Steps involved in implementing our HTTP handler are as follows:

  1. Write a class which implements IHttpHandler interface
  2. Register this handler in web.config or machine.config file.
  3. Map the file extension (.15seconds) to ASP.NET ISAPI extension DLL (aspnet_isapi.dll) in Internet Services Manager.


Create a new C# Class Library project in Visual Studio.NET and name it “MyHandler”. Visual Studio.NET will automatically add a class named “Class1.cs” into the project. Rename it “NewHandler”; open this class in the code window and change the class name and constructor name to “NewHandler”.

The following is the code for the NewHandler class.

using System;
using System.Web;

namespace MyHandler
/// <summary>
/// Summary description for NewHandler.
/// </summary>
public class NewHandler : IHttpHandler
public NewHandler()
// TODO: Add constructor logic here

#region Implementation of IHttpHandler
public void ProcessRequest(System.Web.HttpContext context)
HttpResponse objResponse = context.Response ;
objResponse.Write(“<html><body><h1>Hello 15Seconds Reader “) ;
objResponse.Write(“</body></html>”) ;

public bool IsReusable
return true;

As you can see in the ProcessRequest method, the HTTP handler has access to all ASP.NET intrinsic objects passed to it in its parameter through the System.Web.HttpContext object. Implementing the ProcessRequest method is simply extracting the HttpResponse object from the context object and then sending some HTML out to the client. Similarly, IsReusable returns true to designate that this handler can be reused for processing the other HTTP requests.

Let’s compile it and place it in the bin directory of the webapp virtual directory.

Step 2

Register this handler by adding the following text in the web.config file:

<add verb=”*” path=”*.15seconds” type=”MyHandler.NewHandler,MyHandler”/>

Step 3

Since we are creating a handler for handling files of a new extension, we also need to tell IIS about this extension and map it to ASP.NET. If we don’t perform this step and try to access the Hello.15seconds file, IIS will simply return the file rather than pass it to ASP.NET runtime. As a consequence, the HTTP handler will not be called.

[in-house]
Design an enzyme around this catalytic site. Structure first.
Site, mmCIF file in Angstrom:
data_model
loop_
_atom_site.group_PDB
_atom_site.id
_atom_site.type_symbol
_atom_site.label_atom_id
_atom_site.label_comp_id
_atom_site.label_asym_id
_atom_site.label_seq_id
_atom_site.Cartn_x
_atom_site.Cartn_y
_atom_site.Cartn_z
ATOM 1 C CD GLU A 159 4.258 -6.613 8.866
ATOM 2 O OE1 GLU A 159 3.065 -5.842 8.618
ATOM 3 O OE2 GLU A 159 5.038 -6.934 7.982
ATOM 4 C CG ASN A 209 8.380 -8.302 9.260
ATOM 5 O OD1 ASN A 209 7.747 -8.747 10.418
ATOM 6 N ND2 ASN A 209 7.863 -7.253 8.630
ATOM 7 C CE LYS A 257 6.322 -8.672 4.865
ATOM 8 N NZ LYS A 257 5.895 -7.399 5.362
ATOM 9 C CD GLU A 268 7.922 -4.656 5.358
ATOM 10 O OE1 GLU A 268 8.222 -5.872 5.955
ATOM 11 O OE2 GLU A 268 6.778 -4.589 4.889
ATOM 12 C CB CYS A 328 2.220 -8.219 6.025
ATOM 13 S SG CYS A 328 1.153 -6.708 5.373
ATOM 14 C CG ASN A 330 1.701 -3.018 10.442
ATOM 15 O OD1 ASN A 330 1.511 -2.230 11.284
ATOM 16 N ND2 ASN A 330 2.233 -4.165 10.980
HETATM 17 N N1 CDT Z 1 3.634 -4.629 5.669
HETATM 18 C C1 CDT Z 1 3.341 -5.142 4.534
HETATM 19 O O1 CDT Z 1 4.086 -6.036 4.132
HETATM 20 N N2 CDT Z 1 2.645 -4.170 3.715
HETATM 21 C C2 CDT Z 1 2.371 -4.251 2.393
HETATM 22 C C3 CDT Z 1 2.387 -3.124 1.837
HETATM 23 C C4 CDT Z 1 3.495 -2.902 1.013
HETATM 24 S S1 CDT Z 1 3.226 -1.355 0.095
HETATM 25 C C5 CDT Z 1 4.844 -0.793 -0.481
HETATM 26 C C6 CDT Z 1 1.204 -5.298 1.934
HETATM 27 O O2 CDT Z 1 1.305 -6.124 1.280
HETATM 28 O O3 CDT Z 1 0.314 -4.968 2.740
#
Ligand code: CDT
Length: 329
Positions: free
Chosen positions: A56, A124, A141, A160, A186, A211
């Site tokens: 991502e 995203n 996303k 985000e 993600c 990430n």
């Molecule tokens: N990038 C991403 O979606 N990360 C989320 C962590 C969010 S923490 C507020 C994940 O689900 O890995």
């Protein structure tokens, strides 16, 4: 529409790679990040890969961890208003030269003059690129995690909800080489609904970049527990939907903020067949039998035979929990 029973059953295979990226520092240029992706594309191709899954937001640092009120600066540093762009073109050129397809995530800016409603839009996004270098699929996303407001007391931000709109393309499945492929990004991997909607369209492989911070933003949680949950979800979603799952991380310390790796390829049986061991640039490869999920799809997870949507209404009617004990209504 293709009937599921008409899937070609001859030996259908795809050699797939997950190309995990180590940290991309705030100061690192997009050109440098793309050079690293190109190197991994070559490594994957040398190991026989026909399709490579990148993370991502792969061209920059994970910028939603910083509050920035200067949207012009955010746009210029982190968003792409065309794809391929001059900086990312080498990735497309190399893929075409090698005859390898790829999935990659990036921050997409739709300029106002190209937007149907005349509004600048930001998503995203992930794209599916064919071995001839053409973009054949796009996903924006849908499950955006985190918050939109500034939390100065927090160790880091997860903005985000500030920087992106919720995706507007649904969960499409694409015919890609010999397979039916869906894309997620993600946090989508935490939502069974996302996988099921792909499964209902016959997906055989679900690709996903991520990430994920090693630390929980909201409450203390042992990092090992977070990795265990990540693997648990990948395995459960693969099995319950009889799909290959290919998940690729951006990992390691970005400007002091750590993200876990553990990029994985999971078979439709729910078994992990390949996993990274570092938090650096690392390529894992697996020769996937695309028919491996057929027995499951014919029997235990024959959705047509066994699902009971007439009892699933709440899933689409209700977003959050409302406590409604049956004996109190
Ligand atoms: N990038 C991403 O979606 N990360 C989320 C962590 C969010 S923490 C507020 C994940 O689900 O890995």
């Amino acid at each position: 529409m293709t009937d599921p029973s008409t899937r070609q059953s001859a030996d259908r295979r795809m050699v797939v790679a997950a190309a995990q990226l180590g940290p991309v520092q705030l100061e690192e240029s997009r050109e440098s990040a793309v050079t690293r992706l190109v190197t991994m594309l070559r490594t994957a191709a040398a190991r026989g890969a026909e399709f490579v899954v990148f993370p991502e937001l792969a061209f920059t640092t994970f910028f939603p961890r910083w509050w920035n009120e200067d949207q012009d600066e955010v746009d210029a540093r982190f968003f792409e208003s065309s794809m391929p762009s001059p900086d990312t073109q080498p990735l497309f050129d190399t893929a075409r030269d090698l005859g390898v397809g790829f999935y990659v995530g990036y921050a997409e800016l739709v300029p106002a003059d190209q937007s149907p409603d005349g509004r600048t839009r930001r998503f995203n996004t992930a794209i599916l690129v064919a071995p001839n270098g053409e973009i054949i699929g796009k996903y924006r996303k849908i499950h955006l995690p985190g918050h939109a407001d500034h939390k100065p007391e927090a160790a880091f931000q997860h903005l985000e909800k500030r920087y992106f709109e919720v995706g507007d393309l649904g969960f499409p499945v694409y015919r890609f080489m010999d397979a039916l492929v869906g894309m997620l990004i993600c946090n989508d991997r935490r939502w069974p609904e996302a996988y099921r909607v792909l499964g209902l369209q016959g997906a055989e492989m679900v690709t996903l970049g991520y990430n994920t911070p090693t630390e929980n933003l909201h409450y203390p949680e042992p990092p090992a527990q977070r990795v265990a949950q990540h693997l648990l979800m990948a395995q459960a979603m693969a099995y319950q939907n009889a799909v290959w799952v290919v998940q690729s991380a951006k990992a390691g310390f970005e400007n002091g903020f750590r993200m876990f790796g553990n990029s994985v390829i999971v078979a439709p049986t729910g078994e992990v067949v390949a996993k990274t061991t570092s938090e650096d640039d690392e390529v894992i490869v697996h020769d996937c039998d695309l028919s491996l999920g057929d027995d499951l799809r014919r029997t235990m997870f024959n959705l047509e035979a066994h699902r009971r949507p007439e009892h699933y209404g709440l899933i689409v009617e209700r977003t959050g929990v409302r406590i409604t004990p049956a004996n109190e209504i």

Launch the Internet Services Manager tool, right click on Default Web Site, select Properties, go to Home Directory tab and press Configuration button. This will popup Application Configuration dialog. Click Add button and fill the Executable field with the path to the aspnet_isapi.dll file and fill .15seconds in the Extension field. Leave the other fields as is; the dialog box should look as follows:

Figure 2

Close the Application Configuration and Default Web Site Properties dialog boxes by pressing the OK button.

Now we are good to go. Launch Internet Explorer and go to the following url:


You should see the following page:

Figure 3

Session State in HTTP Handlers

Maintaining session state is one of the most common tasks that Web applications perform. HTTP handlers also need to have access to the session state. But session state is not enabled by default for HTTP handlers. In order to read and/or write session data, HTTP handlers are required to implement one of the following interfaces:

  • IRequiresSessionState

  • IReadOnlySessionState.

An HTTP handler should implement the IRequiresSessionState interface when it requires read-write access to the session data. If a handler only needs read access to session data, then it should only implement the IReadOnlySessionState interface.